The First Amendment protection of religious freedom is designed not just to protect the religious traditions that the majority of us like or feel comfortable with. It is meant to protect religious traditions that the majority may find strange or objectionable.

Back in the early 1800s it was the Baptists who felt harassed by the majority religion. They worried that their liberties were regarded by the majority—the Congregationalists—as favors that could be taken away at any time rather than as an immutable right. In a letter to President Thomas Jefferson, a group of Connecticut Baptists sought support for their conviction "that no man ought to suffer in name, person, or effects on account of his religious opinions" and "that the legitimate power of civil government extends no further than to punish the man who works ill to his neighbors."

It took years for the nation to sort out the meaning of religious freedom, but it eventually endorsed the vision of liberty that those early Baptists expressed.

The sorting-out of religious freedom continues in our time. From California to Maryland, plans for constructing Muslim mosques have faced heated opposition. The biggest outcry has come in response to plans for a Muslim center in New York City, two blocks from the site of the 9/11 attacks. Sarah Palin, Newt Gingrich and even religious leaders such as Richard Land of the Southern Baptist Convention and Abraham Foxman of the Jewish Anti-Defamation League have said that building the mosque would be an affront to the victims of the 9/11 attack, who died at the hands of terrorists who invoked Islamic beliefs for their actions. Gingrich mounted a tit-for-tat argument: "there should be no mosque near Ground Zero in New York so long as there are no churches or synagogues in Saudi Arabia."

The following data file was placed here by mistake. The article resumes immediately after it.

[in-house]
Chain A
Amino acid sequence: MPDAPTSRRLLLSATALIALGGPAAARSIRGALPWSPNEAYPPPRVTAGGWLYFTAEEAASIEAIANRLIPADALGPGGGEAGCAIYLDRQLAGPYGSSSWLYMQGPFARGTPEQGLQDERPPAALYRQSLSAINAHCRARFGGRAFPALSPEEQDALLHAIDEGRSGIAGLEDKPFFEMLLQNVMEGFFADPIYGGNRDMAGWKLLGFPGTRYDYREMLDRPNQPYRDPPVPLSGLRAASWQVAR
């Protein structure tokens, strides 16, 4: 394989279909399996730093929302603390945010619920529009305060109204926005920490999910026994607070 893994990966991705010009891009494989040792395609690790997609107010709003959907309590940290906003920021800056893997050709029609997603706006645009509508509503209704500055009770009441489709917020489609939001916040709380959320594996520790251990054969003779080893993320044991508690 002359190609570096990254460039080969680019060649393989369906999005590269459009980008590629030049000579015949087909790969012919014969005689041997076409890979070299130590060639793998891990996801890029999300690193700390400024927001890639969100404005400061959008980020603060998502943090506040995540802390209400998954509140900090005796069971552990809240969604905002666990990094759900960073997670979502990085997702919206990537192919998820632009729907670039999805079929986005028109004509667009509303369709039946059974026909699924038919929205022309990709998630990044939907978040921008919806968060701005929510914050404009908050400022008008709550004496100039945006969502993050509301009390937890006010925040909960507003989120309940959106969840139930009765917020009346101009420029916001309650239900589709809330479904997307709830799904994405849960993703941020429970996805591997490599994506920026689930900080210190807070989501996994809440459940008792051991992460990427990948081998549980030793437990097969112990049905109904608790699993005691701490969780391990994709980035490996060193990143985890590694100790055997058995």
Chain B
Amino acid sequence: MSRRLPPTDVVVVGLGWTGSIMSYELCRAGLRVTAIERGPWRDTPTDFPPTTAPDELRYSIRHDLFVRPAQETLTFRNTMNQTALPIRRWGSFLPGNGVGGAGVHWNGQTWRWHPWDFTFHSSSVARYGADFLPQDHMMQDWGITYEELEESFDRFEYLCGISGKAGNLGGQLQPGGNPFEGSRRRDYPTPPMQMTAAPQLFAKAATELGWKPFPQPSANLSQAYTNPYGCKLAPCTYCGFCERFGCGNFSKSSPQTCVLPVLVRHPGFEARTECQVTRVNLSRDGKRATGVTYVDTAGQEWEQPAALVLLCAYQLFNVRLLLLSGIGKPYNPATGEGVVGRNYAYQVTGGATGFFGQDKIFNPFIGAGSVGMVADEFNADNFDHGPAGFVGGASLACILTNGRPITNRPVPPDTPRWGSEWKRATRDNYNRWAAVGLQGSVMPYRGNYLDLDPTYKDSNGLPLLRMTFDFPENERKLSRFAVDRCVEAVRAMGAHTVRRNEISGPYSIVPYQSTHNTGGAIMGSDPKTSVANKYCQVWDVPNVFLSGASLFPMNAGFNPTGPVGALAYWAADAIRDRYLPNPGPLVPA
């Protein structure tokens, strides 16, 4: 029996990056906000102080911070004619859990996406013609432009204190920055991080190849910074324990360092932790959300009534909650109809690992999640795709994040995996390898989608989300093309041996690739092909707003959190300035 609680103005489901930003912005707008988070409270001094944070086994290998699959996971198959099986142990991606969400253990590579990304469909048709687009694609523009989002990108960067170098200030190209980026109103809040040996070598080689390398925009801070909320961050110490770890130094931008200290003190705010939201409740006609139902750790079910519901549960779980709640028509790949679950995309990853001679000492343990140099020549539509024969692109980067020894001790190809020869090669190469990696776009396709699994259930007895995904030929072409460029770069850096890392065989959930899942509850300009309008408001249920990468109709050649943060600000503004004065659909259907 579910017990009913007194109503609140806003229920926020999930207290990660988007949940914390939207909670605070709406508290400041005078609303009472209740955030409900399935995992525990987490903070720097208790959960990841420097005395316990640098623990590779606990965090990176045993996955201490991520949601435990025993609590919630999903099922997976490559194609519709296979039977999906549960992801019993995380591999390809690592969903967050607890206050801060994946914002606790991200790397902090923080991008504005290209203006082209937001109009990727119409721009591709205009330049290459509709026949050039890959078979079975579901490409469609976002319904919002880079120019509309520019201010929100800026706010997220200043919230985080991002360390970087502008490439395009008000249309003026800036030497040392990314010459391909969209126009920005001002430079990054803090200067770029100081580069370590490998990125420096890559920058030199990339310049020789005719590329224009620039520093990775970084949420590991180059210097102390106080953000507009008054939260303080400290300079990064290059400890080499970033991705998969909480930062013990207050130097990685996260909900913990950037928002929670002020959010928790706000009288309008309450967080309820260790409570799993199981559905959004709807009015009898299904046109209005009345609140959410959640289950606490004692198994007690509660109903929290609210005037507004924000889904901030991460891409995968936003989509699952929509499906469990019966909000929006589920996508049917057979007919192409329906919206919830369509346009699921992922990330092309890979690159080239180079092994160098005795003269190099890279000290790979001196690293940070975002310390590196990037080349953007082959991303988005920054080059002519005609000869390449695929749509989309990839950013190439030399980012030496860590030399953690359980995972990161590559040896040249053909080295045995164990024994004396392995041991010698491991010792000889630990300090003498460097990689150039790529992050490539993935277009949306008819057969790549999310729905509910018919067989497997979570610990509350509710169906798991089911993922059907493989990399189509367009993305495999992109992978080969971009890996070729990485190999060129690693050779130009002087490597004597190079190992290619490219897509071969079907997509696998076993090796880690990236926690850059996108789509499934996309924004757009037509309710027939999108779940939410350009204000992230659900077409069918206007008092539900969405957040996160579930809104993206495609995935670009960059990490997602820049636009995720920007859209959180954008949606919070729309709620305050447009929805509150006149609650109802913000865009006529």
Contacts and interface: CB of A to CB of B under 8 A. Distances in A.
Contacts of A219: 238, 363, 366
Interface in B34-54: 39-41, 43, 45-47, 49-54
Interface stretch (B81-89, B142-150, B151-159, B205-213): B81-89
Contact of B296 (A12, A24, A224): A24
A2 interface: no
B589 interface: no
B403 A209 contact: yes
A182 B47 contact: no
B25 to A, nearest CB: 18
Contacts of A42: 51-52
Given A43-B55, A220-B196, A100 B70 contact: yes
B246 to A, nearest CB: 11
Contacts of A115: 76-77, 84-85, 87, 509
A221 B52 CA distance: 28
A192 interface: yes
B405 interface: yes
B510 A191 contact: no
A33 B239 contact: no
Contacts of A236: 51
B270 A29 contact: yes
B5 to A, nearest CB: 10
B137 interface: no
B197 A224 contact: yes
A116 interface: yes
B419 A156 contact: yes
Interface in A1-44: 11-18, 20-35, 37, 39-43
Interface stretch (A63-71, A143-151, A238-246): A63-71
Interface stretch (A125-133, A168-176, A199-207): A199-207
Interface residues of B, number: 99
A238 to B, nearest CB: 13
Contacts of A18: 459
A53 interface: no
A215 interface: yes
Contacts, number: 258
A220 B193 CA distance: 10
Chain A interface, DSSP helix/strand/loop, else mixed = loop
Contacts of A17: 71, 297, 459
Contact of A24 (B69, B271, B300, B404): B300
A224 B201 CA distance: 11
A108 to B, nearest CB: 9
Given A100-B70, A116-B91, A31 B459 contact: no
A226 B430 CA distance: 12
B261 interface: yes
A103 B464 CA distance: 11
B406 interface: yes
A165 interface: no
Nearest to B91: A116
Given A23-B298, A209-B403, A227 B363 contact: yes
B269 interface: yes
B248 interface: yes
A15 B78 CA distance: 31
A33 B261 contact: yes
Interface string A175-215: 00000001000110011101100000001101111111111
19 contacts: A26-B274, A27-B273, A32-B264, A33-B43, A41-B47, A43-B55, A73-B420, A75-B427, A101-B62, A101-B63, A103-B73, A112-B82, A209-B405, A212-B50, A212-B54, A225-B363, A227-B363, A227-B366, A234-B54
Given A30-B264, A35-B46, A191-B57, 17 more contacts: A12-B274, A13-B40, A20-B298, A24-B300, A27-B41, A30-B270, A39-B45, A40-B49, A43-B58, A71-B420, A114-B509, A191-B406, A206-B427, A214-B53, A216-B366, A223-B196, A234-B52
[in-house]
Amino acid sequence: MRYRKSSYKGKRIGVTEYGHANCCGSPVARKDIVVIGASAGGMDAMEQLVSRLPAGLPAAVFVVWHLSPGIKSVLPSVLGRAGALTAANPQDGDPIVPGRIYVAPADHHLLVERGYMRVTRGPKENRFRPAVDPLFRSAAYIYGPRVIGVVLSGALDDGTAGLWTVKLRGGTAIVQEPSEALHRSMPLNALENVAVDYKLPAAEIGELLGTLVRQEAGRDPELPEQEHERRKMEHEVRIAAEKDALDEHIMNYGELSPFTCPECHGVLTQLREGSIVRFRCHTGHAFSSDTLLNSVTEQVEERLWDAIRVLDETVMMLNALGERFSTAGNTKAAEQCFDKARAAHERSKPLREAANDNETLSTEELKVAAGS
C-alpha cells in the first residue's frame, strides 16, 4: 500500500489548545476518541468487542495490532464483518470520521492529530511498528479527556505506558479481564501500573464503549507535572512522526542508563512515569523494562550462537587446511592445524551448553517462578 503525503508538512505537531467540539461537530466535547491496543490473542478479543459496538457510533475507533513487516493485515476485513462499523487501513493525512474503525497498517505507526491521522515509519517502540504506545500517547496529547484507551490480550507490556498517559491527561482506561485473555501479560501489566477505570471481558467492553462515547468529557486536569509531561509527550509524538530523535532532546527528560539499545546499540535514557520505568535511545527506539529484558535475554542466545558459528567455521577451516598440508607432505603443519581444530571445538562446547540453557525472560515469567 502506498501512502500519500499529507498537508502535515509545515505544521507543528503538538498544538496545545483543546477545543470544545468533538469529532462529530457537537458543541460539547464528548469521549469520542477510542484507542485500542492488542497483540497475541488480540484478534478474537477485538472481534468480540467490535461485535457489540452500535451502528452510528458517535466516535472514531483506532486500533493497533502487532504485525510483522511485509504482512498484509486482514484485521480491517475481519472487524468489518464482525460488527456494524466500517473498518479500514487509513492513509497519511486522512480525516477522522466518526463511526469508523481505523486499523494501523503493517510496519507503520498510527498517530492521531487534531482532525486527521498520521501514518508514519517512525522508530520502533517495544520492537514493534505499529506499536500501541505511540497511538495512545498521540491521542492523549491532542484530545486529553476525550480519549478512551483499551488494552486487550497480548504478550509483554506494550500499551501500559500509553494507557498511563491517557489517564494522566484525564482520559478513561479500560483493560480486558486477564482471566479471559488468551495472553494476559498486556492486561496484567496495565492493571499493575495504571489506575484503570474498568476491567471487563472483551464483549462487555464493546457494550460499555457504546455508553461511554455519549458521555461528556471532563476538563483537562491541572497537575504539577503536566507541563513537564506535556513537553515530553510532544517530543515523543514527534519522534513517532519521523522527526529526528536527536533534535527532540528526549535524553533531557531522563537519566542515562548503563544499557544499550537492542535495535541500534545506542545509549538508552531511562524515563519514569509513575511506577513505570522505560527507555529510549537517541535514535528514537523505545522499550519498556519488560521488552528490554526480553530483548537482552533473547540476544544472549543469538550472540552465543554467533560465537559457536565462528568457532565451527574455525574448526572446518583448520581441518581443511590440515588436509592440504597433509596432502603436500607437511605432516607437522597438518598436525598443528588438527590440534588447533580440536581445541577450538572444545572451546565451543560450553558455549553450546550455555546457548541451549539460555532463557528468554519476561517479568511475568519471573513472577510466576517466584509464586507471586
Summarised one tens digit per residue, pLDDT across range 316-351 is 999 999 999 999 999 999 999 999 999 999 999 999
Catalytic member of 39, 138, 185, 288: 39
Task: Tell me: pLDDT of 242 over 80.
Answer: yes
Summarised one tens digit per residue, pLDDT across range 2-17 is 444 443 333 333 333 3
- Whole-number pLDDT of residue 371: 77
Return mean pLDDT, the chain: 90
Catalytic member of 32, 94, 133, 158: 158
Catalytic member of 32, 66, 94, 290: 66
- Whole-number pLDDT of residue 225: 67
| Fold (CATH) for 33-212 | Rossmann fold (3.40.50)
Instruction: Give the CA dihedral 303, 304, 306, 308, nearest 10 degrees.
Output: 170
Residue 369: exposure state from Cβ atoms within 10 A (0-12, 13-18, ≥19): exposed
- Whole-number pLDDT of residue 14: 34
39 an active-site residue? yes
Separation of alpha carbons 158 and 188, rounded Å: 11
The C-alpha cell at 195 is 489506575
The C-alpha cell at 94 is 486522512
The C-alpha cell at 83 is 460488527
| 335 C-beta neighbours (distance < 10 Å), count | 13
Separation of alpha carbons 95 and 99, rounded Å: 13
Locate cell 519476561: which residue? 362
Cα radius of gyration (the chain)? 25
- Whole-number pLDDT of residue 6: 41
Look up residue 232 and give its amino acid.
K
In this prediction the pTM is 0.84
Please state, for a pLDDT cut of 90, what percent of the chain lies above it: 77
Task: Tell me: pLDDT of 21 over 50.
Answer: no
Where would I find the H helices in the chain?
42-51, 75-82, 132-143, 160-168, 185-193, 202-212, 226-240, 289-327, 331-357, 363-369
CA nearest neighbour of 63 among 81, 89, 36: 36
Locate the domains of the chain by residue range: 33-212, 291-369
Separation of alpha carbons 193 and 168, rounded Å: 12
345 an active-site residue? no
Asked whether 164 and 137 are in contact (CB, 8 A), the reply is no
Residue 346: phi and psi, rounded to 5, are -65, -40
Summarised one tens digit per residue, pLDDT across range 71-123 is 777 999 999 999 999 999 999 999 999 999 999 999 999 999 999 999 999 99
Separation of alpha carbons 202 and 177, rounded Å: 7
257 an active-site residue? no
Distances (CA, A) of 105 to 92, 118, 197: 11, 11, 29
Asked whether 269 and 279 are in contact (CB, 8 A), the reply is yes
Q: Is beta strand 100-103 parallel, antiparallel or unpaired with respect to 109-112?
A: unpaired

Gingrich expressed precisely the view that those early Baptists feared. He treats religious freedom as something that the majority can give or withhold as it sees fit—as a political bargaining chip, not an immutable right.

Gingrich misunderstands the constitutional order he thinks he is defending. The right of U.S. citizens to build a mosque has nothing to do with what Saudi Arabia chooses to do. It is a right guaranteed in the First Amendment. And in the Jeffersonian tradition, it is a right ultimately based in the freedom that God gives to all humans.

Throughout the controversy, New York mayor Michael Bloomberg has kept his eye on the essential issue. "If somebody wants to build a mosque in a place where it's zoned for it and they can raise the money, then they can do that. And it's not the government's business." Bloomberg also eloquently stated why this stance, however unpopular, is an appropriate tribute to the victims of 9/11. When police officers and firefighters rushed to the scene of the attack, he noted, "not one of them asked, 'What God do you pray to?' . . . We do not honor their lives by denying the very constitutional rights they died protecting. We honor their lives by defending those rights and the freedoms that the terrorists attacked."